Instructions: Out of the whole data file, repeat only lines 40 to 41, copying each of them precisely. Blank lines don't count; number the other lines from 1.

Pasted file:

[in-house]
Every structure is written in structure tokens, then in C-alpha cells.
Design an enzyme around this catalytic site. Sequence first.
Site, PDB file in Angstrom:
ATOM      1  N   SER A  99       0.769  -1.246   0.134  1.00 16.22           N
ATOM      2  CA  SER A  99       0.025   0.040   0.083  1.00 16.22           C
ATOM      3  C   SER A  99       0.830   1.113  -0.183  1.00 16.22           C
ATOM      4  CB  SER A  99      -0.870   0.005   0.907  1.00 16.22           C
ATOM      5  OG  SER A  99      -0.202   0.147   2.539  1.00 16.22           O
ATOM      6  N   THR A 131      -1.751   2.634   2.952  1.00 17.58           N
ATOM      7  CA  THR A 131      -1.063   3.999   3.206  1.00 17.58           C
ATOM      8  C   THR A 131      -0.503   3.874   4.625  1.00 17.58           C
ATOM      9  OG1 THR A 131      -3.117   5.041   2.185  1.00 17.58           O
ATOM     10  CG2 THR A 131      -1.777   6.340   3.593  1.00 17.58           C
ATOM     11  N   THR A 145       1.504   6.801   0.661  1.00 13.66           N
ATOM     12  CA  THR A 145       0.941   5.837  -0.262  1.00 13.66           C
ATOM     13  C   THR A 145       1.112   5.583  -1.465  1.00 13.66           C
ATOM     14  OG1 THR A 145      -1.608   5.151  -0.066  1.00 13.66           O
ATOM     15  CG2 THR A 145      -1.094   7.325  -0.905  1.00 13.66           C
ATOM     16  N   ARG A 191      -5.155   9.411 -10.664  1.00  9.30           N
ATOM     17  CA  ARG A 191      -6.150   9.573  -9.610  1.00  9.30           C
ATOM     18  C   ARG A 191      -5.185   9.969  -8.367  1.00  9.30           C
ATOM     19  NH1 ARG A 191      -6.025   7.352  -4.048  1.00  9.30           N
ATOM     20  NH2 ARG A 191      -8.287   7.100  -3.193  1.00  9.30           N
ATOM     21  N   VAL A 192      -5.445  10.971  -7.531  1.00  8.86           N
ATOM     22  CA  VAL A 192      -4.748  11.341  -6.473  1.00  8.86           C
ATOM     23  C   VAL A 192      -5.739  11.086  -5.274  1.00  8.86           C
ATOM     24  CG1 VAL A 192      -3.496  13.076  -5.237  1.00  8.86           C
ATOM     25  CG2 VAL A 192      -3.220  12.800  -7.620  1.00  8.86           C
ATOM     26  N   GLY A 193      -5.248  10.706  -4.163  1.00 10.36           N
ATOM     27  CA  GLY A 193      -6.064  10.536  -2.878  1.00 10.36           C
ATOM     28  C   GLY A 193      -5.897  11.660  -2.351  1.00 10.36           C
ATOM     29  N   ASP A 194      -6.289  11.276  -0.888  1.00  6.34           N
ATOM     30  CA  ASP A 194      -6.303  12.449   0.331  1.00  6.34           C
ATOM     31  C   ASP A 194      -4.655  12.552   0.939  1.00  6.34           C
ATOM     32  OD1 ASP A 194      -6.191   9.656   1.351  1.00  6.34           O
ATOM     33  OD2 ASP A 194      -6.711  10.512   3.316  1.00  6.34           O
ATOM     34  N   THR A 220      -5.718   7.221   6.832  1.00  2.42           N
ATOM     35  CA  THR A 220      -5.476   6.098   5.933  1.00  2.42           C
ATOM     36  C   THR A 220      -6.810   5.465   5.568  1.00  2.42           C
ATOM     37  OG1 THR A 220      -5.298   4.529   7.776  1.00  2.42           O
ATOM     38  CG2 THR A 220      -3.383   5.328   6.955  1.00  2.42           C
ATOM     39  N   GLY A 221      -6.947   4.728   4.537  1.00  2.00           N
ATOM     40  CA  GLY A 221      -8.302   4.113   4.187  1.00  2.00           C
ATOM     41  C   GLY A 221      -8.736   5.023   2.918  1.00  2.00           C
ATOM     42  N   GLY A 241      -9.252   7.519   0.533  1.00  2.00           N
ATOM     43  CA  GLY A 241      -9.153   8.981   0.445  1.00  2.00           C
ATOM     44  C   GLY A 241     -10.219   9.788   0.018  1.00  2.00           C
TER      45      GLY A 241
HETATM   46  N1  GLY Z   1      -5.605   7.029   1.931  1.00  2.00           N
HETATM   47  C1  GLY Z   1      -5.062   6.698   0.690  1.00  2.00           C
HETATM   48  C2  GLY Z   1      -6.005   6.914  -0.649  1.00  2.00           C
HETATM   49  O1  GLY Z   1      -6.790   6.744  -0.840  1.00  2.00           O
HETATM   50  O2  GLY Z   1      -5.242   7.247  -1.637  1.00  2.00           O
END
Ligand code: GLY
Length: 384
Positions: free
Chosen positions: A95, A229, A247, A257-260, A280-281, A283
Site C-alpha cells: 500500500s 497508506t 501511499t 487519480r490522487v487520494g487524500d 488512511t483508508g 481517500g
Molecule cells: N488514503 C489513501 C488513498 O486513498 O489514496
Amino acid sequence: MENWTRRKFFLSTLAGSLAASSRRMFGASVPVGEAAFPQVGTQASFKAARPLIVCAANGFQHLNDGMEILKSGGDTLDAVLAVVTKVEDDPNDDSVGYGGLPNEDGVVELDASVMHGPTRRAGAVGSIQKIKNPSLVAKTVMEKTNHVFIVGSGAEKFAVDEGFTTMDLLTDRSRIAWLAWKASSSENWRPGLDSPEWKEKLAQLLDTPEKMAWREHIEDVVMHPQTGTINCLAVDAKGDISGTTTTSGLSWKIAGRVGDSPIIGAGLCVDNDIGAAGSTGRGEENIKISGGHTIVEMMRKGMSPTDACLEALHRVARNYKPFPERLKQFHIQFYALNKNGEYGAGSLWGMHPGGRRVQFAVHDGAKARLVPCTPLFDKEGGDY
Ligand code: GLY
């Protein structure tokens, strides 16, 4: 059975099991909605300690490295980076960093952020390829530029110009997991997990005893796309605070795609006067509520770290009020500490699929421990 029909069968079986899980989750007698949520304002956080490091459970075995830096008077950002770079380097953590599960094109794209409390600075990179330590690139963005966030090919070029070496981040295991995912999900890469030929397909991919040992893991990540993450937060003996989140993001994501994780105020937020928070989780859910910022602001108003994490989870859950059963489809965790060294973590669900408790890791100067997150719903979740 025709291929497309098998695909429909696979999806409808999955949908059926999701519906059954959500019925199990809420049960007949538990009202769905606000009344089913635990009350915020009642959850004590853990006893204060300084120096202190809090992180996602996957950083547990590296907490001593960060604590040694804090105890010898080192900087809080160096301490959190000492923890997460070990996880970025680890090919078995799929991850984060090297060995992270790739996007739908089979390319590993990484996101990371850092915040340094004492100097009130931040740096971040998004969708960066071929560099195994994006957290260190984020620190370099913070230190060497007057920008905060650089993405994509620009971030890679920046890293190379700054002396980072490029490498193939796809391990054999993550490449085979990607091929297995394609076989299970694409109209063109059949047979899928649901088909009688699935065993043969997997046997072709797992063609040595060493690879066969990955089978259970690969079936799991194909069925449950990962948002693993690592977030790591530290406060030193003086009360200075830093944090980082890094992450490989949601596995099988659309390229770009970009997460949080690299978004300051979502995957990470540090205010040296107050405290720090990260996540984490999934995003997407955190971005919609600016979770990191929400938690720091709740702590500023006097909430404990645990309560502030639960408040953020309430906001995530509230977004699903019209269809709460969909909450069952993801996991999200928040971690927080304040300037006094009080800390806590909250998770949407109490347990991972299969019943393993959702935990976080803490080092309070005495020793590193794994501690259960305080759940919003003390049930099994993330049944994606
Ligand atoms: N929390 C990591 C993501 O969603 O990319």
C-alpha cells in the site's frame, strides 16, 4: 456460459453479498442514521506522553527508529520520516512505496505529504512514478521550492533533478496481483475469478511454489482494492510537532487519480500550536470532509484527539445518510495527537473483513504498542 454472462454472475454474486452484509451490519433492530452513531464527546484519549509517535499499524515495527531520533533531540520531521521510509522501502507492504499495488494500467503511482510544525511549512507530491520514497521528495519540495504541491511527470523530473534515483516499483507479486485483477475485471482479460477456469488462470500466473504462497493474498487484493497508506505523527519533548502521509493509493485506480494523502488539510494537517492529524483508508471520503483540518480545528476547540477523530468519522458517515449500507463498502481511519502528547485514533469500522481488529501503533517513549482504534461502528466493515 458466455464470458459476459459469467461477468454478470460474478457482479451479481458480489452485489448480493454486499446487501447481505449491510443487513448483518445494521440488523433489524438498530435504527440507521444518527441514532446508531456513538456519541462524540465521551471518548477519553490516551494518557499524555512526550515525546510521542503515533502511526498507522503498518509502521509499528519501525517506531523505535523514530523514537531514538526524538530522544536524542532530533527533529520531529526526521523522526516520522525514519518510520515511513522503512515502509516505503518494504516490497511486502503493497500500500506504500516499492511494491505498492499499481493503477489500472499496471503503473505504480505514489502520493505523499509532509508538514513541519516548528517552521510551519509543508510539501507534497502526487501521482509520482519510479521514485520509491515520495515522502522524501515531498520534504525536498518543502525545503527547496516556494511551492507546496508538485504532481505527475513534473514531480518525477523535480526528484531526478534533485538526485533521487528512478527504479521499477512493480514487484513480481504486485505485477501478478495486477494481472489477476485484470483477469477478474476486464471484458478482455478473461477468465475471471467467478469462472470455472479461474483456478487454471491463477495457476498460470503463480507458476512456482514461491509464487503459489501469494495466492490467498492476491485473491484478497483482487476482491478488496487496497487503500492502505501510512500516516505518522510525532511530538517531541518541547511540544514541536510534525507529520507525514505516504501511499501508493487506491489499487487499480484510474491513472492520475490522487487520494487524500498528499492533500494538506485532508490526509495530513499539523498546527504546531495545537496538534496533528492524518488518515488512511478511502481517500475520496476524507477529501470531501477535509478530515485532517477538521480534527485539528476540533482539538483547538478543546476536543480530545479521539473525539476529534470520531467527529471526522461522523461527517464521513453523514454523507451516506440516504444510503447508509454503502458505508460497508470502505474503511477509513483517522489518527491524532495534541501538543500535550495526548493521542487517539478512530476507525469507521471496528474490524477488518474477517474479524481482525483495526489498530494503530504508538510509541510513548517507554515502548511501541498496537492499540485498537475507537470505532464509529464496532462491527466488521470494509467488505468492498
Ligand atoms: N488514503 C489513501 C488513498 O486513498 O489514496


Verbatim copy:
ATOM     36  C   THR A 220      -6.810   5.465   5.568  1.00  2.42           C
ATOM     37  OG1 THR A 220      -5.298   4.529   7.776  1.00  2.42           O